And also (contrary to Williams) my film doesn't show the leading knee bending after it contacts the ground and starts receiving weight. Legs seem to stay straight all the time they carry weight.
Those last four drawings look suspiciously like a walk cycle. Here they are, in motion:
This was actually a pleasant surprise, since I hadn't planned these four drawings as a step cycle. The walk shows no weight whatsoever - it looks to me like the glide of a geisha.
Williams makes the point that, as animators, we are caricaturing motion and giving characters their own motions. And also that to do this, to show what's different about an individual, we need to know what the ordinary, common motion is. It seemed to me that even Williams's "normal" walk is a caricature. My film, of course, shows a "character-less" walk. It's an ordinary, casual stroll.
I decided to make a chart of the timing of what I could see in the walk. For the weight transfers, the chart looks like this:
A similar chart for Williams's "normal" walk might look like this:
This is a walk on the very edge of becoming a run. In a run, there are intervals when neither foot is in contact with the ground.
A different walk (say Daffy's as he enters the saloon in "Drip-Along Daffy") might look like this:
Here, both feet bear weight most of the time. Each leg moves forward for the next step very quickly. This is also the pattern I used for the robot walk I mentioned earlier.
This is giving me another way of thinking about animating walks, and might even help me "get my brains in my pencil" (to quote from Williams) once it really sinks in. I could start by putting a grid onto the walk chart. The grid would contain the number of frames I want to draw - say 8, for example.
This grid gives me the four positions I used in the example cycle. Because the leg timing is symmetrical, the leg positions in the second four frames are the same as in the first four. Things are different when I want an odd total number of frames. (Williams doesn't discuss odd total numbers at all.)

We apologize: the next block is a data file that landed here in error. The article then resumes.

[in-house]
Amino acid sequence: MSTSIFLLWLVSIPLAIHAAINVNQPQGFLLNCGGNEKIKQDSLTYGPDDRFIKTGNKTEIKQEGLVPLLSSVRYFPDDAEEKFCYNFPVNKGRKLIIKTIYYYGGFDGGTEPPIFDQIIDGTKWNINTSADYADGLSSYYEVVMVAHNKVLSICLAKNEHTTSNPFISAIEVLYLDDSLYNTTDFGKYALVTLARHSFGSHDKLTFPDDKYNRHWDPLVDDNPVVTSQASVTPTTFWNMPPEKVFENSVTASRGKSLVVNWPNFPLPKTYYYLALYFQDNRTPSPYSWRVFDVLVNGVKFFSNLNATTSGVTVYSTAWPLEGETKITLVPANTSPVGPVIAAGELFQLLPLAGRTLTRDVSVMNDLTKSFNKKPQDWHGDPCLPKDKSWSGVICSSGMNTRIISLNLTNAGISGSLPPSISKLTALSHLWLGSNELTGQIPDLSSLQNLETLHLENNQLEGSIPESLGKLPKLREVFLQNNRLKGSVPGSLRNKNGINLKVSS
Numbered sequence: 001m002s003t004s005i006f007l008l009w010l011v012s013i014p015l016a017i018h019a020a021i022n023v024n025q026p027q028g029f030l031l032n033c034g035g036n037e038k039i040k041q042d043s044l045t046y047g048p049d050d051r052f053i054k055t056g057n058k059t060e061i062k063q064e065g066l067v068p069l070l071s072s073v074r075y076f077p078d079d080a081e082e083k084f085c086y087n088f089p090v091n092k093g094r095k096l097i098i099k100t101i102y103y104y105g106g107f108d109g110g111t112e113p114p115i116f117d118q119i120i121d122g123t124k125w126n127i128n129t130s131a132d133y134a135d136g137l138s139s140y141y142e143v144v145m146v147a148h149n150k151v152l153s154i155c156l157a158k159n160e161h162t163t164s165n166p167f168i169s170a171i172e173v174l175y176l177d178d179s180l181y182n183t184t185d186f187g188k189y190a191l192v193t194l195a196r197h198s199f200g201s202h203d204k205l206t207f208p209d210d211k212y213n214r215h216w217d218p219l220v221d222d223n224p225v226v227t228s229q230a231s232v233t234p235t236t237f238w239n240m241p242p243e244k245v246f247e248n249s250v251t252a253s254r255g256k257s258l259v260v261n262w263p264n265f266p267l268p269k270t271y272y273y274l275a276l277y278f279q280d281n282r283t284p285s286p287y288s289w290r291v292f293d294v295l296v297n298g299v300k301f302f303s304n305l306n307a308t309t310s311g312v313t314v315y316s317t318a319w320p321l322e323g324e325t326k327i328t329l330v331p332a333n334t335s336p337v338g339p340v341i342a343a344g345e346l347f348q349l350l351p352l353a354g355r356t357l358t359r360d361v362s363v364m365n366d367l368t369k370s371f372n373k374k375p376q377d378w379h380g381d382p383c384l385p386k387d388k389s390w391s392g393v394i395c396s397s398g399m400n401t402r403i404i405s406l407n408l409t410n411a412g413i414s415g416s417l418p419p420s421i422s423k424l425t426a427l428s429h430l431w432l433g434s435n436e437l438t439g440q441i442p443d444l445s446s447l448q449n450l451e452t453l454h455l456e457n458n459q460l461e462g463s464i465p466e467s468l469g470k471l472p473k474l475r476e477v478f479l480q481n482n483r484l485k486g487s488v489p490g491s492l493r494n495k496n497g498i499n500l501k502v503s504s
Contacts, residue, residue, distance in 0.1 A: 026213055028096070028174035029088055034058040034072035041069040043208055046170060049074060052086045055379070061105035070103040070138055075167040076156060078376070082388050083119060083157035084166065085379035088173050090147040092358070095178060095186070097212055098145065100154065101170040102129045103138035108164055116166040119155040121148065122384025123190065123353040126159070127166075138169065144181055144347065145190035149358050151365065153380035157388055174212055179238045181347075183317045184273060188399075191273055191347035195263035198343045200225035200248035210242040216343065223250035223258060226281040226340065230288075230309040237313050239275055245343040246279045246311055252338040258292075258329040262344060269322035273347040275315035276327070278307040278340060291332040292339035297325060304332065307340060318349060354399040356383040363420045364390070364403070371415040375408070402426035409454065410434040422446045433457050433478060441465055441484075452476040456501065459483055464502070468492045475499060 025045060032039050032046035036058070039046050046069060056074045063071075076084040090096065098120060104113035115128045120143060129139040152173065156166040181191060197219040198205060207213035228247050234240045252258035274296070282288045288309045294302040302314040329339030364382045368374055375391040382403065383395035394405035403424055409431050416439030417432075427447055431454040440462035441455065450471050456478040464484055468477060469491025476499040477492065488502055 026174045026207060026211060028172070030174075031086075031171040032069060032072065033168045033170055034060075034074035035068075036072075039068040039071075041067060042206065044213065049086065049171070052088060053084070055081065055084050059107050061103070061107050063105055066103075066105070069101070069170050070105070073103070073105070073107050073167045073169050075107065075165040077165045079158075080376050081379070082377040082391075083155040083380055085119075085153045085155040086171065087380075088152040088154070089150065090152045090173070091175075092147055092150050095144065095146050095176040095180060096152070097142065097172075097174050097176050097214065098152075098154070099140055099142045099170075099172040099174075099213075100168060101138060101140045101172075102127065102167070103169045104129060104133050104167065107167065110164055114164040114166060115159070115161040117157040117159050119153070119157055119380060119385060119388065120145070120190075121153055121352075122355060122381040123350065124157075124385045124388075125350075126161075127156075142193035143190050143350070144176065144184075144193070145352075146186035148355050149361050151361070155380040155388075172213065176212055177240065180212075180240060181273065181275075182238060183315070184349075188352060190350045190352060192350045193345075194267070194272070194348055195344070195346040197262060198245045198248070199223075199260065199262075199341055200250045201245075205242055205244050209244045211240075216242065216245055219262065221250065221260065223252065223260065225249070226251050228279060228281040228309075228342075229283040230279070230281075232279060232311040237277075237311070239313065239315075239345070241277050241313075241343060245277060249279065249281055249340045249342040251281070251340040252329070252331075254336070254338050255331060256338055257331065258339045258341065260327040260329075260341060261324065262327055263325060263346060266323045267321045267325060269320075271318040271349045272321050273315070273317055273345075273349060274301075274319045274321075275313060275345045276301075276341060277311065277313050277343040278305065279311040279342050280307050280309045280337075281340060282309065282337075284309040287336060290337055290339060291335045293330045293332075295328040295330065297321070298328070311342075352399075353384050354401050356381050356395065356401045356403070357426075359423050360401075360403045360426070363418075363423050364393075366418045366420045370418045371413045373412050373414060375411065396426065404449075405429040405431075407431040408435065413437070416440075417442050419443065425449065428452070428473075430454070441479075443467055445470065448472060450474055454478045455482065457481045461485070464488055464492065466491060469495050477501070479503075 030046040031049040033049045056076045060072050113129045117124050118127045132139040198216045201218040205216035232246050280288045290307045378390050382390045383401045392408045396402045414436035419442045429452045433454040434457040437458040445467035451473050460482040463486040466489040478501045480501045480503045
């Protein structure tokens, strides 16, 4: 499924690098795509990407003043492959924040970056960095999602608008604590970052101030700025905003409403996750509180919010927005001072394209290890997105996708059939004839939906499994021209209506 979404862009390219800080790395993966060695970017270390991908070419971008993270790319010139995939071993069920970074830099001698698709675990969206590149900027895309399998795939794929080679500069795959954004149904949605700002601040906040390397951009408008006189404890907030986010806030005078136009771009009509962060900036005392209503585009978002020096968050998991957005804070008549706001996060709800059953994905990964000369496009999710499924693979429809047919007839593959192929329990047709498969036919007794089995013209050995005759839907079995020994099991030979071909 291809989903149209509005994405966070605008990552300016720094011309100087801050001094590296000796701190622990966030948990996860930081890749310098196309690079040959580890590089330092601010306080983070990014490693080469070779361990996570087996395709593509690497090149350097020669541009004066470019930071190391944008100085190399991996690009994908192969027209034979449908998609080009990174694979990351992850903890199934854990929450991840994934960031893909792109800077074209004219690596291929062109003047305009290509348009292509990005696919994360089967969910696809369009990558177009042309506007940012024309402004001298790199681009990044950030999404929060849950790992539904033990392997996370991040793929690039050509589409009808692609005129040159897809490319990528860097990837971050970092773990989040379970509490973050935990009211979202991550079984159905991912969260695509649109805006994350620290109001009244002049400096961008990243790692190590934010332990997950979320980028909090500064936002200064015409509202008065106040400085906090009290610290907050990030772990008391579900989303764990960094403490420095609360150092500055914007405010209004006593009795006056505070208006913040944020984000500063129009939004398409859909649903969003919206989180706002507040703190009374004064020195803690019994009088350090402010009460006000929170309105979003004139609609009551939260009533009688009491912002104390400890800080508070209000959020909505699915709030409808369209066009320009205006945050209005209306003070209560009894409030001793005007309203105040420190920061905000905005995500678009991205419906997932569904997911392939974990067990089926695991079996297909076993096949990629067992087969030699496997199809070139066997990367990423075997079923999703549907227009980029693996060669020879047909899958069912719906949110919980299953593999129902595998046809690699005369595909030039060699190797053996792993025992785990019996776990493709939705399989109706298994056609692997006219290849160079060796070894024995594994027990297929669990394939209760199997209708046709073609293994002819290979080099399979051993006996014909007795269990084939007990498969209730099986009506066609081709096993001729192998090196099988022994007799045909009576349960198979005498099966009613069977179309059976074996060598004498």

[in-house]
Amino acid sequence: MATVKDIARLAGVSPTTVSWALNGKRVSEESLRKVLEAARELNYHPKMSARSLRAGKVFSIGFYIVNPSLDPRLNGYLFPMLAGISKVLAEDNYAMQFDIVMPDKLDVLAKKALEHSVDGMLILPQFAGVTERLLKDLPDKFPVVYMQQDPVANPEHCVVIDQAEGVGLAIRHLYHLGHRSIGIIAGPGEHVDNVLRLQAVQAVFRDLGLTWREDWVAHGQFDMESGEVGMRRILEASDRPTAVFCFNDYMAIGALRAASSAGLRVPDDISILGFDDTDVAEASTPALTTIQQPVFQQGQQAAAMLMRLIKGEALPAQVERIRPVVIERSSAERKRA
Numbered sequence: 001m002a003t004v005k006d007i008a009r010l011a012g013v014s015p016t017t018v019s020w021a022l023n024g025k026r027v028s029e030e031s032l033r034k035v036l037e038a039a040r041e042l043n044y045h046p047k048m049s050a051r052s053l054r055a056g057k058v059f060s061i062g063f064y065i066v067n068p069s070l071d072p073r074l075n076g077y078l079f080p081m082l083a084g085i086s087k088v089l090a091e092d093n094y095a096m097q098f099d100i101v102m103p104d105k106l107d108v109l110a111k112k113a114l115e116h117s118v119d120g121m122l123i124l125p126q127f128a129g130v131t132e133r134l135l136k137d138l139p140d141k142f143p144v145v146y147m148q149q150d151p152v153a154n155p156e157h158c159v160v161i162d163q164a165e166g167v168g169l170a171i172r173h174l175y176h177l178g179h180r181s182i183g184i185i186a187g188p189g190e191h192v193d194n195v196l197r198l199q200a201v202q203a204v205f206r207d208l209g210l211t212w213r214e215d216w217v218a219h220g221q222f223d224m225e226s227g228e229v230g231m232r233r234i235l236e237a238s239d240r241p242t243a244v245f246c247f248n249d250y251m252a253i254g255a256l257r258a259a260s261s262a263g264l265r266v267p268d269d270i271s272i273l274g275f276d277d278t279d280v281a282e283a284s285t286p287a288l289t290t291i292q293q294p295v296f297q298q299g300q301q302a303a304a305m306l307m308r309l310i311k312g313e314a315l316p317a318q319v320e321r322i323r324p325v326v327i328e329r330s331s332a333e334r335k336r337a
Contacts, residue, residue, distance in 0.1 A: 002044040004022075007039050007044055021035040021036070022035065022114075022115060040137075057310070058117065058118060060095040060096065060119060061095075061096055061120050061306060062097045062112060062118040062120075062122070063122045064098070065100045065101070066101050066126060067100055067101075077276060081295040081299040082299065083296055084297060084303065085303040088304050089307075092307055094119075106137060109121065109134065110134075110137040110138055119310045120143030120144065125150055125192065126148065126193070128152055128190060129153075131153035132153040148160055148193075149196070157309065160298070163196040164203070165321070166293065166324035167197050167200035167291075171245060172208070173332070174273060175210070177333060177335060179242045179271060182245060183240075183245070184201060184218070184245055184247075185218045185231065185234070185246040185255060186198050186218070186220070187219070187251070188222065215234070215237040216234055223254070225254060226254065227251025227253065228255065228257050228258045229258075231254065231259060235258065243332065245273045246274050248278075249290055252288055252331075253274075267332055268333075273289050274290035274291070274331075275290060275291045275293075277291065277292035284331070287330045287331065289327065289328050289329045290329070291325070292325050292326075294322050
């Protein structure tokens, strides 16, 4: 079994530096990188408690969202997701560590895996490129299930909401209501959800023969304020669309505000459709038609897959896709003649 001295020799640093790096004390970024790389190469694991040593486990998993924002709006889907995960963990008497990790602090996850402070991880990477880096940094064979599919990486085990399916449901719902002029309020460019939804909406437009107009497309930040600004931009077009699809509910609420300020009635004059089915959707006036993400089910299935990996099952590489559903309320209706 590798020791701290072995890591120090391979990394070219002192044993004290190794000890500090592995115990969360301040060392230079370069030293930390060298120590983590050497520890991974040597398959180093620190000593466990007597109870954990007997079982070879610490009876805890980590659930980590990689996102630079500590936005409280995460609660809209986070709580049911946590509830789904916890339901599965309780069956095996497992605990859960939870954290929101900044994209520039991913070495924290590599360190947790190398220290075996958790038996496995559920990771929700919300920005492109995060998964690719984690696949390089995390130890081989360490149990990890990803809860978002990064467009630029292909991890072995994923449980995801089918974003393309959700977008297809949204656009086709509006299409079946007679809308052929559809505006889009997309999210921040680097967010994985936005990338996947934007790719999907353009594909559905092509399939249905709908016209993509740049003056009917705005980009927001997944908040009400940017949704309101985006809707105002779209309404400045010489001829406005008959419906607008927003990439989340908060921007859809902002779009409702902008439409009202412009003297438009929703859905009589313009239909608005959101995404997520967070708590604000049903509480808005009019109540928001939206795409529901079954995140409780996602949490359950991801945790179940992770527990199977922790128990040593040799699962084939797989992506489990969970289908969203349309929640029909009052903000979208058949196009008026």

In this case, the leg positions in the second half of the walk cycle aren't the same as in the first. I tried drawing this cycle and came up with these leg positions.
And the walk looks like this.
A few comments about this one. I'm still learning where to put the body relative to the legs so it balances properly. I actually had to lean the body a little forward in these drawings to get it to look better. There's a bit of a limp - the body does come down a bit as the right foot lands but not when the left foot does. And with an odd number of frames, there's ambiguity about just where the weight goes in the overall cycle. All of which just reminds me how much more I have to learn.
I charted more than just the weight transfers, hoping it'll help me learn more about animating walks. Click on the link for a PDF file of my walk chart.
I also grabbed some leg bones from the CorelDraw clipart collection and animated them according to what I saw in my film. I think the bone walk turned out pretty well. Doing it helped me understand what goes on in the bones and joints, even though I didn't do anything with motion in the toes.
Click on the link for a PDF file
of the 24 frames in this walk.
Next time, I think I'll start with where the weight goes and then put the feet and legs in to support it. Happy walkies!
by Andrew Jaremko
copyright 2005 Andrew Jaremko